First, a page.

The greatest build-up of American-led military forces since the Second World War is well
under way. They are in the northern hemisphere, on the western borders of Russia, and in
Asia and the Pacific, confronting China.
The great danger this beckons is not news, or it is buried and distorted: a drumbeat of
mainstream fake news that echoes the psychopathic fear embedded in public consciousness
during much of the 20th century.
Like the renewal of post-Soviet Russia, the rise of China as an economic power is
declared an "existential threat" to the divine right of the United States to rule and
dominate human affairs.
To counter this, in 2011 President Obama announced a "pivot to Asia", which meant that
almost two-thirds of US naval forces would be transferred to Asia and the Pacific by
2020. Today, more than 400 American military bases encircle China with missiles,
bombers, warships and, above all, nuclear weapons. . . .
In 2014, under the rubric of "information dominance" - the jargon for media
manipulation, or fake news, on which the Pentagon spends more than $4 billion - the
Obama administration launched a propaganda campaign that cast China, the world's
greatest trading nation, as a threat to "freedom of navigation". . . .
This is the Pentagon line, a historic departure for any state calling itself a
democracy. The ascendancy of the Pentagon in Washington - which Daniel Ellsberg has
called a silent coup - is reflected in the record $5 trillion America has spent on
aggressive wars since 9/11, according to a study by Brown University. The million dead
in Iraq and the flight of 12 million refugees from at least four countries are the
consequence. . . .
The Japanese island of Okinawa has 32 military installations, from which Korea,
Vietnam, Cambodia, Afghanistan and Iraq have been attacked by the United States. Today,
the principal target is China, with whom Okinawans have close cultural and trade ties. .
Across the East China Sea lies the Korean island of Jeju, a semi- tropical sanctuary
and World Heritage Site declared "an island of world peace". On this island of world
peace has been built one of the most provocative military bases in the world, less than
400 miles from Shanghai. . . .
Five years before his great revolution in 1949, he sent this secret message to
Washington. "China must industrialise." he wrote, "This can only be done by free
enterprise. Chinese and American interests fit together, economically and politically.
America need not fear that we will not be co-operative. We cannot risk any conflict." .
The world is inexorably shifting east; but the astonishing vision of Eurasia from China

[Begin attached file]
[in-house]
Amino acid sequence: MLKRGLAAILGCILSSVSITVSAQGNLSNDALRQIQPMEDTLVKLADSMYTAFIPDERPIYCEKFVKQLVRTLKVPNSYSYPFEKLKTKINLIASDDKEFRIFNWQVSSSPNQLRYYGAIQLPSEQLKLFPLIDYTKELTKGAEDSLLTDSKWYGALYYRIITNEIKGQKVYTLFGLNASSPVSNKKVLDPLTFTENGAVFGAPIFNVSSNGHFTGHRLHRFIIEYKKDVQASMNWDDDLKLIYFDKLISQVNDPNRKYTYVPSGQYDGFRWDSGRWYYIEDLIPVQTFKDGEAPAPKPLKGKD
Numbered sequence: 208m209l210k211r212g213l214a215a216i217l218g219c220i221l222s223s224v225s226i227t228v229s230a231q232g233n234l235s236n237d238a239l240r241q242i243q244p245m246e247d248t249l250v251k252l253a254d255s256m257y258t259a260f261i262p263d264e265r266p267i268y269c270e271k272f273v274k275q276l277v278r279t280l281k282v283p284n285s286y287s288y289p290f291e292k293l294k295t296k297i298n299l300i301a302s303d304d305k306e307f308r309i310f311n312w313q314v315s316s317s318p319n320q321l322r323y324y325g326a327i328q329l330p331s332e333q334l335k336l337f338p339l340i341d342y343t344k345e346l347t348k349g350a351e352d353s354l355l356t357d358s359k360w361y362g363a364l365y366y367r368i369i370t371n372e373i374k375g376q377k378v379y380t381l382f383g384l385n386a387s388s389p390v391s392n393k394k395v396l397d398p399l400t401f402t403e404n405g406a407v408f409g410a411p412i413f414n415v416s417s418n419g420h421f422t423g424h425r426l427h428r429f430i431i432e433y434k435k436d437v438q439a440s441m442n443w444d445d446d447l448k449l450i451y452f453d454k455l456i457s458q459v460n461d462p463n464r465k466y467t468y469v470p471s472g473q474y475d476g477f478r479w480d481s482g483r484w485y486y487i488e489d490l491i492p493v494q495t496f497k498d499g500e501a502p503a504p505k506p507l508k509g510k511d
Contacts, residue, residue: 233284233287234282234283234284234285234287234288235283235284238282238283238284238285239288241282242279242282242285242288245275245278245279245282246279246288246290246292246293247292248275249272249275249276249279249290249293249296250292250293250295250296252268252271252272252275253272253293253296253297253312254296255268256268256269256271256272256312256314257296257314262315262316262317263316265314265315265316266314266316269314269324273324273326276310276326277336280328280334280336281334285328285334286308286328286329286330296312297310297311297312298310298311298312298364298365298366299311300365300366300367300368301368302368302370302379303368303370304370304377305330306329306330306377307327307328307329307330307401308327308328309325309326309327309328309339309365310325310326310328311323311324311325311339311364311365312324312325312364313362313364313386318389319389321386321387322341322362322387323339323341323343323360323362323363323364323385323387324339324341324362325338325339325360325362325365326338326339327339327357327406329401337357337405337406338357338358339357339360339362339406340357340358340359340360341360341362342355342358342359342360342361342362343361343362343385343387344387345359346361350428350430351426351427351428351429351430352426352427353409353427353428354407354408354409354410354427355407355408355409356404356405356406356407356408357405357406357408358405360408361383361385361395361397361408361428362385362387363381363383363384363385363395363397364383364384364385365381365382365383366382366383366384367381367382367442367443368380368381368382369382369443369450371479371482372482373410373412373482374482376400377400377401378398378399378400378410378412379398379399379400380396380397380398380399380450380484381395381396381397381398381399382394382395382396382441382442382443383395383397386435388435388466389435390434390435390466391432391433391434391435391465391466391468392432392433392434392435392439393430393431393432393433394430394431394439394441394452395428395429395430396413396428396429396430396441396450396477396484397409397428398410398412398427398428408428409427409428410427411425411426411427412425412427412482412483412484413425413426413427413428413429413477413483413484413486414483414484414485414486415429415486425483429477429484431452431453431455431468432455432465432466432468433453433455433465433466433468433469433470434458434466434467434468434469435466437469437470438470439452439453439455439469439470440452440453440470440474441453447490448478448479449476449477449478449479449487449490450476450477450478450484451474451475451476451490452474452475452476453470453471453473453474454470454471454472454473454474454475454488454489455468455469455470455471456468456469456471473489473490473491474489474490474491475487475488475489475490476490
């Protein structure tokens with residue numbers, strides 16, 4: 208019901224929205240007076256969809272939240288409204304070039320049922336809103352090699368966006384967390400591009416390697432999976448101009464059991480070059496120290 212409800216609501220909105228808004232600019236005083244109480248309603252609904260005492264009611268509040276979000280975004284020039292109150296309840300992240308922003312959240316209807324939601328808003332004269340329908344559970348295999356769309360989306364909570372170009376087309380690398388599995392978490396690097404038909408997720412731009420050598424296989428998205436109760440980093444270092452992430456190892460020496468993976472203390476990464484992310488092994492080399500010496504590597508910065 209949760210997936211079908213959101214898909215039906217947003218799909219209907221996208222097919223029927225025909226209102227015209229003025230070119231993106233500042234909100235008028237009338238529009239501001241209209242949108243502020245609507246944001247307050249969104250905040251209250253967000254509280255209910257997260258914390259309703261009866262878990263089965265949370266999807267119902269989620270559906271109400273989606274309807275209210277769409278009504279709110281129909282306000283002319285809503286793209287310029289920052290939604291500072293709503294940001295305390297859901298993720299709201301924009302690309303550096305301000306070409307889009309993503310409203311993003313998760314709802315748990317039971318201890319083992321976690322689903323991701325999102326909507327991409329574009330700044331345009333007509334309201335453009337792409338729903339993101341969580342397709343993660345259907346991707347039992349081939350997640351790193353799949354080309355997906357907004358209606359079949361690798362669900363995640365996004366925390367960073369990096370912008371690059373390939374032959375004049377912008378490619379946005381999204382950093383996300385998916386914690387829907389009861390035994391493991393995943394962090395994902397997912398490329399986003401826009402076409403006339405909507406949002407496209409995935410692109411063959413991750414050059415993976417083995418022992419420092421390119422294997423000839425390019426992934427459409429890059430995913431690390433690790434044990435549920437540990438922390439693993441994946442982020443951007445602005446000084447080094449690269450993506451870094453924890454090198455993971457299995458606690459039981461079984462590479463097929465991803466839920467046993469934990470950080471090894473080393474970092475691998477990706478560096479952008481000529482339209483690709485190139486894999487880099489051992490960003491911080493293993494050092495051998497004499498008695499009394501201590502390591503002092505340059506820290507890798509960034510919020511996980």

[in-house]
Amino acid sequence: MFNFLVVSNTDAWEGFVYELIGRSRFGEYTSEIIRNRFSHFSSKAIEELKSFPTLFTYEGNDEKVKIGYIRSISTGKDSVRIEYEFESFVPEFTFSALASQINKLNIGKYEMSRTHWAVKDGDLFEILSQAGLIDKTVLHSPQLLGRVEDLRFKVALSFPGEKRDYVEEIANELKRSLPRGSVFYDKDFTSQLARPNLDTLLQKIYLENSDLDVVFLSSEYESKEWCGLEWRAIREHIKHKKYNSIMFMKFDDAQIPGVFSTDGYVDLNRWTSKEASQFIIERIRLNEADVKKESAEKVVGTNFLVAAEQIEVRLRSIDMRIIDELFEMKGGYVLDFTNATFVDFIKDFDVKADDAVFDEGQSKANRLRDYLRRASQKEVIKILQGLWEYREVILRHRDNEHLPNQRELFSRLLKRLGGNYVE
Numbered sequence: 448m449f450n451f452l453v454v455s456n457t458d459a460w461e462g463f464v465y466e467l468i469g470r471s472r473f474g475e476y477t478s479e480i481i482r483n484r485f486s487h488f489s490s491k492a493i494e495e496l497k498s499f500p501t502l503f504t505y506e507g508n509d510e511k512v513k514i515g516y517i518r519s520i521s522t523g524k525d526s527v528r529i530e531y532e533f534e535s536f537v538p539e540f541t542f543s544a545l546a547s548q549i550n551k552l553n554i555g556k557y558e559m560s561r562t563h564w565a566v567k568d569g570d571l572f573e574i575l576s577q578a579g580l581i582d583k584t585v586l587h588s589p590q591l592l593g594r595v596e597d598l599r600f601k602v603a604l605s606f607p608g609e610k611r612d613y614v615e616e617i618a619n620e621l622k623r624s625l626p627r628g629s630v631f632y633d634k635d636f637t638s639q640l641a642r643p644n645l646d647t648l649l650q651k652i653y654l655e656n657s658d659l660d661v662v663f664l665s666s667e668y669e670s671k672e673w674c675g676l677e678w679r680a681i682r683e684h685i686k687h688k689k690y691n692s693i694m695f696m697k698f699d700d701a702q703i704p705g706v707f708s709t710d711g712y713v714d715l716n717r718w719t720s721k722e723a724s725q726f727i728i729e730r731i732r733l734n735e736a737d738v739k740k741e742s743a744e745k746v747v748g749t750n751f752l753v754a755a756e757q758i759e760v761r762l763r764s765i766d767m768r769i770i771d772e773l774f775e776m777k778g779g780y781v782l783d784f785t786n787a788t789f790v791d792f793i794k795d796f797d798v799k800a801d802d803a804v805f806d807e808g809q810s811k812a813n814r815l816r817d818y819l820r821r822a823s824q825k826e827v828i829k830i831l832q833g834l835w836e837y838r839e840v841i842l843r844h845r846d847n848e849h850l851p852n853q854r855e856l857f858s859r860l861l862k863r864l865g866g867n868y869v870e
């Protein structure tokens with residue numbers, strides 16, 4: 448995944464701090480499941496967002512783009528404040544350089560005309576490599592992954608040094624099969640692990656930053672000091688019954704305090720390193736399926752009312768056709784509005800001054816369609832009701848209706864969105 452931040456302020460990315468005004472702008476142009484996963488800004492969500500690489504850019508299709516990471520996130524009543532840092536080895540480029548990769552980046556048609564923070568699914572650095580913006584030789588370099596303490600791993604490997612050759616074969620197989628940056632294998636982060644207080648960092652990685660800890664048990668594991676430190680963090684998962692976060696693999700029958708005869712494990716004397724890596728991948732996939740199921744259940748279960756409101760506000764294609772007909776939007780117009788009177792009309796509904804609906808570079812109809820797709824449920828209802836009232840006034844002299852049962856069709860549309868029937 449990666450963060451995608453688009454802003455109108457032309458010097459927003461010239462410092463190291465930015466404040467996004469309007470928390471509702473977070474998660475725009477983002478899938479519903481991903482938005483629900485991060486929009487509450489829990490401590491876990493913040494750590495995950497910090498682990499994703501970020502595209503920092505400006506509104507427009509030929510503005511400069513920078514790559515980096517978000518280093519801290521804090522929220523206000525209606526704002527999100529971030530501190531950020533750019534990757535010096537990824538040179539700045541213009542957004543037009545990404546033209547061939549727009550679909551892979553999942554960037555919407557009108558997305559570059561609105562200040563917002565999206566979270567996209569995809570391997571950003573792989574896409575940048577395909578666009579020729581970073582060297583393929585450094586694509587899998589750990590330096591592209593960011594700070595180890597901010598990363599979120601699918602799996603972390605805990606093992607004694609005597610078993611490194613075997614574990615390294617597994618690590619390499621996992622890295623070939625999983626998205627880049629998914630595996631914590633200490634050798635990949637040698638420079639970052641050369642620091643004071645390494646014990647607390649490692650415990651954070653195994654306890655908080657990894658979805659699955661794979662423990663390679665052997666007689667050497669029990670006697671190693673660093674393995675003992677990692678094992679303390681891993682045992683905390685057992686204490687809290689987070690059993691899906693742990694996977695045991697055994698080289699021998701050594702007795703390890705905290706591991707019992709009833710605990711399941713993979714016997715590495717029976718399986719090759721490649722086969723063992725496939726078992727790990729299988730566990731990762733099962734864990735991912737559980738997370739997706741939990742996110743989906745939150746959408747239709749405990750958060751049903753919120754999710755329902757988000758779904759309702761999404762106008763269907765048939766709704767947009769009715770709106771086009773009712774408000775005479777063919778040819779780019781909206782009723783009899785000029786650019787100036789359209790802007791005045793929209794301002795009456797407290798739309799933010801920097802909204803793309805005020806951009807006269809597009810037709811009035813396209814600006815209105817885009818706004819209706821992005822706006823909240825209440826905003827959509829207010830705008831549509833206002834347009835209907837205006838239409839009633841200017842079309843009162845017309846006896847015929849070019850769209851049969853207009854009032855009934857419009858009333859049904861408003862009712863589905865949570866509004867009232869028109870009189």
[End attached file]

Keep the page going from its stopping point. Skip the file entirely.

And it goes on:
is barely understood in the West. The "New Silk Road" is a ribbon of trade, ports, pipelines and high-speed trains all the
way to Europe. The world's leader in rail technology, China is negotiating with 28
countries for routes on which trains will reach up to 400 kms an hour. This opening to
the world has the approval of much of humanity and, along the way, is uniting China and
Russia. . . .
[The toll the war inflicted on China is still being calculated, but conservative estimates number
the dead at 14 million at least (the British Empire and United States each lost over 400,000 during
the Second World War, and Russia more than 20 million)--Rana Mitter, "Forgotten
Ally: China's World War II, 1937-1945," Mariner Books; Reprint edition (September 2, 2014), p. 5]
[China will never bow to the double standards of the United States. We have intervened
in Mexico, Cuba, Haiti, the Dominican Republic, Panama, Nicaragua, Guatemala, Chile and
Grenada to maintain our sphere of influence in Central and South America and the
Caribbean. Our schoolmarm-like rebuke of China over its assertion of regional hegemony
takes audacity to a new level.--Bruce Fein, "Our
war with China another Vietnam War in the making: The South China Sea gambit,"
washingtontimes.com, January 27, 2017]
[Like the moribund war on terror, a new cold war would probably reward the power players
in Washington - but it would not serve America's long-term interests.--Leon Hadar, "Beltway Warriors Target China as the Next Global
Threat," theamericanconservative.com, February 11, 2019]
[Though Mahathir seemingly shares Duterte's open antipathy towards Western powers,
particularly on what they see as often cynical stances on human rights and democracy,
the Malaysian leader has also taken up the cudgel against what he sees as a "new
colonialism" under China's BRI.--Richard Javad Heydarian., "What
Duterte could learn from Mahathir," asiatimes.com, March 12, 2019]